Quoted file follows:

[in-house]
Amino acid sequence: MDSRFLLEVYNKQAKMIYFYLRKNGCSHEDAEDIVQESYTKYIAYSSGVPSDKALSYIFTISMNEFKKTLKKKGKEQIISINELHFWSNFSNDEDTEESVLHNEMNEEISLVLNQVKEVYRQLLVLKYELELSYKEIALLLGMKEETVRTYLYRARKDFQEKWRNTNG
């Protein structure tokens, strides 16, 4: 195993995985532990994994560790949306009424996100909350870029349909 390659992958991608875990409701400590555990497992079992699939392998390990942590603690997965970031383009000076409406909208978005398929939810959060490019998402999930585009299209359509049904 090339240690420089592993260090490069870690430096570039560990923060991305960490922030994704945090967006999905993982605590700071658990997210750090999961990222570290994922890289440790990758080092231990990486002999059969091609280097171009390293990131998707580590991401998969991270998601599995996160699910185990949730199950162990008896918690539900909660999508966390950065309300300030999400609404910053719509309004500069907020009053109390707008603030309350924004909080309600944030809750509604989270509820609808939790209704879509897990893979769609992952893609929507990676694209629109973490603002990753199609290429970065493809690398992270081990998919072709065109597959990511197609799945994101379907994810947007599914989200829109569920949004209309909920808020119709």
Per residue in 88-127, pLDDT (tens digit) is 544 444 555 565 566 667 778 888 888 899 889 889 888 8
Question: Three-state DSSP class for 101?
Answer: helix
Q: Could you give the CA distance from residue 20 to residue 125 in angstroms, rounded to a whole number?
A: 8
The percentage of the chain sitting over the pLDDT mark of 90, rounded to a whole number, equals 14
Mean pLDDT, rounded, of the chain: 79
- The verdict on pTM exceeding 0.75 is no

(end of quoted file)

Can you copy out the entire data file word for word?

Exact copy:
[in-house]
Amino acid sequence: MDSRFLLEVYNKQAKMIYFYLRKNGCSHEDAEDIVQESYTKYIAYSSGVPSDKALSYIFTISMNEFKKTLKKKGKEQIISINELHFWSNFSNDEDTEESVLHNEMNEEISLVLNQVKEVYRQLLVLKYELELSYKEIALLLGMKEETVRTYLYRARKDFQEKWRNTNG
């Protein structure tokens, strides 16, 4: 195993995985532990994994560790949306009424996100909350870029349909 390659992958991608875990409701400590555990497992079992699939392998390990942590603690997965970031383009000076409406909208978005398929939810959060490019998402999930585009299209359509049904 090339240690420089592993260090490069870690430096570039560990923060991305960490922030994704945090967006999905993982605590700071658990997210750090999961990222570290994922890289440790990758080092231990990486002999059969091609280097171009390293990131998707580590991401998969991270998601599995996160699910185990949730199950162990008896918690539900909660999508966390950065309300300030999400609404910053719509309004500069907020009053109390707008603030309350924004909080309600944030809750509604989270509820609808939790209704879509897990893979769609992952893609929507990676694209629109973490603002990753199609290429970065493809690398992270081990998919072709065109597959990511197609799945994101379907994810947007599914989200829109569920949004209309909920808020119709």
Per residue in 88-127, pLDDT (tens digit) is 544 444 555 565 566 667 778 888 888 899 889 889 888 8
Question: Three-state DSSP class for 101?
Answer: helix
Q: Could you give the CA distance from residue 20 to residue 125 in angstroms, rounded to a whole number?
A: 8
The percentage of the chain sitting over the pLDDT mark of 90, rounded to a whole number, equals 14
Mean pLDDT, rounded, of the chain: 79
- The verdict on pTM exceeding 0.75 is no